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Our current client sent us several hundred pages of documentation about the context and goals of his company. In these documents (there are multiple files) they use a lot of acronyms and very specific terms (SICA, UNB, ...). The client also works with foreign governements, adding to the already long list.

Only one of the documents has a lexicon, the rest only uses the terms without explaination, sometimes there is a reminder, sometimes not.

I have never encountered that problem and I am looking for something that could help our team. It would be some kind of big lexicon where we could match the acronyms/terms with a small definition. It should be online and everyone could add to it when encountering a new one. So everyone in the (relatively small) team could refer to it when reading new documents or for future meetings with the client.

EDIT : I was unclear. There is always an explaination of the acronym, but not always on the document that uses it. Since there are a lot of documents I think they assume that every acronym written after the first mention is already known, but they did not provide any order to the documents.

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Welcome to PM Stack exchange!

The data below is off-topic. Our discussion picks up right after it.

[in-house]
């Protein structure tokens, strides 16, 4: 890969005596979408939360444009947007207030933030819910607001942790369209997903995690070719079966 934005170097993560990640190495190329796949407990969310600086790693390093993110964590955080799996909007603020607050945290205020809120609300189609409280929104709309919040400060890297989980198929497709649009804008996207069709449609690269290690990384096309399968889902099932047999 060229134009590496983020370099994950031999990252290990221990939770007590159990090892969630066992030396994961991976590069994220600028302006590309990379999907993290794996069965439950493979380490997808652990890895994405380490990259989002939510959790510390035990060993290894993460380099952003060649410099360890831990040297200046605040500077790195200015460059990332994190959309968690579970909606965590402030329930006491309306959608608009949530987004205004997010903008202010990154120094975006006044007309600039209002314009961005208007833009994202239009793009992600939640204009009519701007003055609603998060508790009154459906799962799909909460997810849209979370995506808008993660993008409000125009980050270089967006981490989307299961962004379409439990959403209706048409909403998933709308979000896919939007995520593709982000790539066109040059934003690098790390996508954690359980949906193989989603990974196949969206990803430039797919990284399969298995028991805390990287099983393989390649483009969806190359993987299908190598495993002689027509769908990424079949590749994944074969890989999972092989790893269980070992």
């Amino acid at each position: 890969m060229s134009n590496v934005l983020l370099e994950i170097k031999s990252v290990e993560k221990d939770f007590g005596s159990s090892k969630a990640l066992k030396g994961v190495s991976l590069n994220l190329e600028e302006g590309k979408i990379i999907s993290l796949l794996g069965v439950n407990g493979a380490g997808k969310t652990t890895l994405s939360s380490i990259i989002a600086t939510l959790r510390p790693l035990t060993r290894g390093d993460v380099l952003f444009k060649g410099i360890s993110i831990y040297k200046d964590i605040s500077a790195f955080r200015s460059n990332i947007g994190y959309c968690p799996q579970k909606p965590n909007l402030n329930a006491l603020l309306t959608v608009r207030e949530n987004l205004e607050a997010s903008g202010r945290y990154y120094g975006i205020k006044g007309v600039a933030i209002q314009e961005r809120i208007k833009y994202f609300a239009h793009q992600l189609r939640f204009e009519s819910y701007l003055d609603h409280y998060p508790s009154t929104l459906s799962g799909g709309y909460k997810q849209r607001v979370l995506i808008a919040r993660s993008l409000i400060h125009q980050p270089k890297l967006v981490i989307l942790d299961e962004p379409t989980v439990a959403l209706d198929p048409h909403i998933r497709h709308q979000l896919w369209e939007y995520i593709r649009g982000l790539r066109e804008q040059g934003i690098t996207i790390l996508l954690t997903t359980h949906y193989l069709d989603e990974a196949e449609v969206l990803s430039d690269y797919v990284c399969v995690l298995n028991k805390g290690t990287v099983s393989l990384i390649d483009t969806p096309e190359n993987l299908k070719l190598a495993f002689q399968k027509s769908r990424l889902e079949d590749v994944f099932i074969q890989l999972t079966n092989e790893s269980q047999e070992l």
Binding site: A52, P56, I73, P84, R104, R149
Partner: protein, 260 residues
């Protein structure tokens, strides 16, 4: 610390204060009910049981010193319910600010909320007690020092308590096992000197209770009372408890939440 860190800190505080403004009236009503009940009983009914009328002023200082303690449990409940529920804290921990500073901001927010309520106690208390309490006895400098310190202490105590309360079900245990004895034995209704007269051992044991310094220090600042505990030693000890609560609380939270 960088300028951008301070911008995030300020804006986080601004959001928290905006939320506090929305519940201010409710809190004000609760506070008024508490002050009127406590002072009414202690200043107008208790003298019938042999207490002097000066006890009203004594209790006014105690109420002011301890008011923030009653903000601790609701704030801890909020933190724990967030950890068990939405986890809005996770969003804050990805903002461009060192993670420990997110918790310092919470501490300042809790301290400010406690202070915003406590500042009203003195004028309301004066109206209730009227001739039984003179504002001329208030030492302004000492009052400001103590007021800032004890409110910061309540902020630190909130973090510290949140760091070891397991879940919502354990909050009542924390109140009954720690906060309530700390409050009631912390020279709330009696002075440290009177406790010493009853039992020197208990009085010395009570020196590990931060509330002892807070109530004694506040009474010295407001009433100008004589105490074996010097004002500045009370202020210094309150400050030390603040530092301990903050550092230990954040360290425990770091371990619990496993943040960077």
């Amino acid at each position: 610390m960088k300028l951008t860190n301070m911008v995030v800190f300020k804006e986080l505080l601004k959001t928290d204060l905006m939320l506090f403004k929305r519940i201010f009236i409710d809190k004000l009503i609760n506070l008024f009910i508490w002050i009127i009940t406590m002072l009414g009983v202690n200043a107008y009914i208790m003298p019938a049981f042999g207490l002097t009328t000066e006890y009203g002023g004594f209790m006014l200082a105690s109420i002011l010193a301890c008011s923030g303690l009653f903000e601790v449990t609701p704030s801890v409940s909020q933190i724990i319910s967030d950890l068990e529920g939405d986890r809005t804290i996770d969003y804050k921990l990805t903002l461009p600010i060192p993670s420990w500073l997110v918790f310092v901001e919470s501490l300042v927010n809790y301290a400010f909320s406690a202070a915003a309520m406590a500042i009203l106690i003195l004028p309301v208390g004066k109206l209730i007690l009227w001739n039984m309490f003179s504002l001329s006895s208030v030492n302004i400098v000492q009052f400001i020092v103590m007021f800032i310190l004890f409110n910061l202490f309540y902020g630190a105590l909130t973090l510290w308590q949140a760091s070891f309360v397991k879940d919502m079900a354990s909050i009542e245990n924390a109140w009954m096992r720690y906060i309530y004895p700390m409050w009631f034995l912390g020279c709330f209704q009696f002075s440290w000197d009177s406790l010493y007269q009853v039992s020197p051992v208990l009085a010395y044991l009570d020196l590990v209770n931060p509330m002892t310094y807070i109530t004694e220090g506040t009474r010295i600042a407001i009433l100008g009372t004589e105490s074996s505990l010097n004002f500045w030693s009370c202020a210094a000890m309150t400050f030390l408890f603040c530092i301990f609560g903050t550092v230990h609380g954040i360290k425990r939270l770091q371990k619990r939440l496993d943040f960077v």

Your question isn't really specific to the PM domain, so I'm going to call this a risk management issue. There are many acronyms which mean different things depending on context, and making an assumption that turns out to be incorrect could be catastrophic.

Any document full of industry jargon should have a glossary in the appendix. Obviously your client isn't doing that, or at least has not provided it.

Before rolling your own solution, I think you need to communicate to the client that in order to be able to provide the best solution in the shortest period of time you both need to be on the same page, and they should provide you with what the terms mean.

If there is an expectation for some reason that your team already had this subject matter expertise (i.e. someone lied to get a contract) and you are a PMI member, you are ethically bound to declare that.

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    Thank you ! I admit I was not sure it was the right place to ask. Do you have an idea of where this "asking for a tool/language" would be relevant ? I added a clarification edit because we are always provided with the meaning, but not in the right order and not everywhere (inter and intra files). And you're right, we already should have that kind of documentation, but the client works with plain-text word files sometimes with pictures, their technology is very basic overall. – Dranna Sep 7 '18 at 22:43
  • You are welcome. I'm thinking that perhaps the workplace stack exchange, or perhaps freelancing may be better suited, or at least they may have come across this type of scenario. – Gregory Morton Sep 11 '18 at 15:14

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